Lack of school nurses hinders swine flu prevention

Schools may need more nurses to combat H1N1
Schools may need more nurses to combat H1N1

School nurses are the first line of defense against the spread of swine flu, but a shortage of public workers are leaving schools across the country exposed to the spread of the virus.

The Associated Press reports that a 2008 survey conducted by the National Association of School Nurses found 45 percent of all school districts employ a full-time school nurse, 30 percent have one on a part-time basis, and 25 have none in any capacity.

This could present a problem in the upcoming flu season. A nurse named Mary Pappas who works at a private school in New York City proved the need for her services by helping to stem the rate of infection among students in her school earlier this year. By identifying those that had flu-like symptoms before the virus began to spread, she was able to isolate them and keep more cases from developing.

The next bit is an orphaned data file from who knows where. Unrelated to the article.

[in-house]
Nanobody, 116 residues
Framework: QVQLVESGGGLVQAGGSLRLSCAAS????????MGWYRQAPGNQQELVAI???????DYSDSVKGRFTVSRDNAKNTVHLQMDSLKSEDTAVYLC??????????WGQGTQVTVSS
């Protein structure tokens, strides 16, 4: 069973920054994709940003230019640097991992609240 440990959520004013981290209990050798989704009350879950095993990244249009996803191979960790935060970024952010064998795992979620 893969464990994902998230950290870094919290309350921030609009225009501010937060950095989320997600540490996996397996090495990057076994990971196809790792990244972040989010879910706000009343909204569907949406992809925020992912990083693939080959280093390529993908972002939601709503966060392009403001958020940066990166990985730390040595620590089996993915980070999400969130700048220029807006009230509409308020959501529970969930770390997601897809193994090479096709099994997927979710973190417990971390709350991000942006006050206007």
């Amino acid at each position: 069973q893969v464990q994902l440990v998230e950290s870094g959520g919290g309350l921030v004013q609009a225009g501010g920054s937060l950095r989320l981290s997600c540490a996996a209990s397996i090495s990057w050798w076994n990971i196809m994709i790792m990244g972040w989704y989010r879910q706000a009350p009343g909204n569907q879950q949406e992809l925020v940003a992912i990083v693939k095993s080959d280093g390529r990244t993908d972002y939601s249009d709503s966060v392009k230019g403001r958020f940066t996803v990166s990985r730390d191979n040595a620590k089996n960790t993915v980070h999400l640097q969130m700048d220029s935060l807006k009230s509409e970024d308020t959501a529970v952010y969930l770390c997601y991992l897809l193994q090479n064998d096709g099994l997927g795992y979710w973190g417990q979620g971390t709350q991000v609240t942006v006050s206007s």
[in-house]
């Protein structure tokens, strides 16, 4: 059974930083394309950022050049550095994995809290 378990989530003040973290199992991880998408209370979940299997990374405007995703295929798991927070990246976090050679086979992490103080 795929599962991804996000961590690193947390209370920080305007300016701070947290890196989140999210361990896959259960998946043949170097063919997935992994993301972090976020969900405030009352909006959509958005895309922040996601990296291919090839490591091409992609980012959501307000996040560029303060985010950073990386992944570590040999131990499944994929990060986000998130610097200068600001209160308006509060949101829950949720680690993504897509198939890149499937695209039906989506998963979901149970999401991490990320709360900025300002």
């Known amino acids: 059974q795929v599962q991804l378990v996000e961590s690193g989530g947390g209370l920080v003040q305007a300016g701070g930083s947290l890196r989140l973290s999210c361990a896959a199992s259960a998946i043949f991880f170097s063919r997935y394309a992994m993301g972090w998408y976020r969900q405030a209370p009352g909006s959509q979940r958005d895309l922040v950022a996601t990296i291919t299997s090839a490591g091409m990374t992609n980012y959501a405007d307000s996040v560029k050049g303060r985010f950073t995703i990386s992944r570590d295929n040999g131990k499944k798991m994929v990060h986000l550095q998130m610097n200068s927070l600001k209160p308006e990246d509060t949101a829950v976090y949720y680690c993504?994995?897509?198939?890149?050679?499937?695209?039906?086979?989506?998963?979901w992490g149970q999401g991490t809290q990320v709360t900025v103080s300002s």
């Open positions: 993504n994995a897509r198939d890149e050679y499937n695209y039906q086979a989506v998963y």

Nurses are not only in demand at schools, but also in hospitals, where understaffing is compromising their ability to deal with a high influx of patients.

Those who wish to help solve the problem – and earn potentially excellent wages doing so – may enroll in a certified nursing degree program, where badly needed skills are taught for later use in helping to solve the nation’s healthcare issues.

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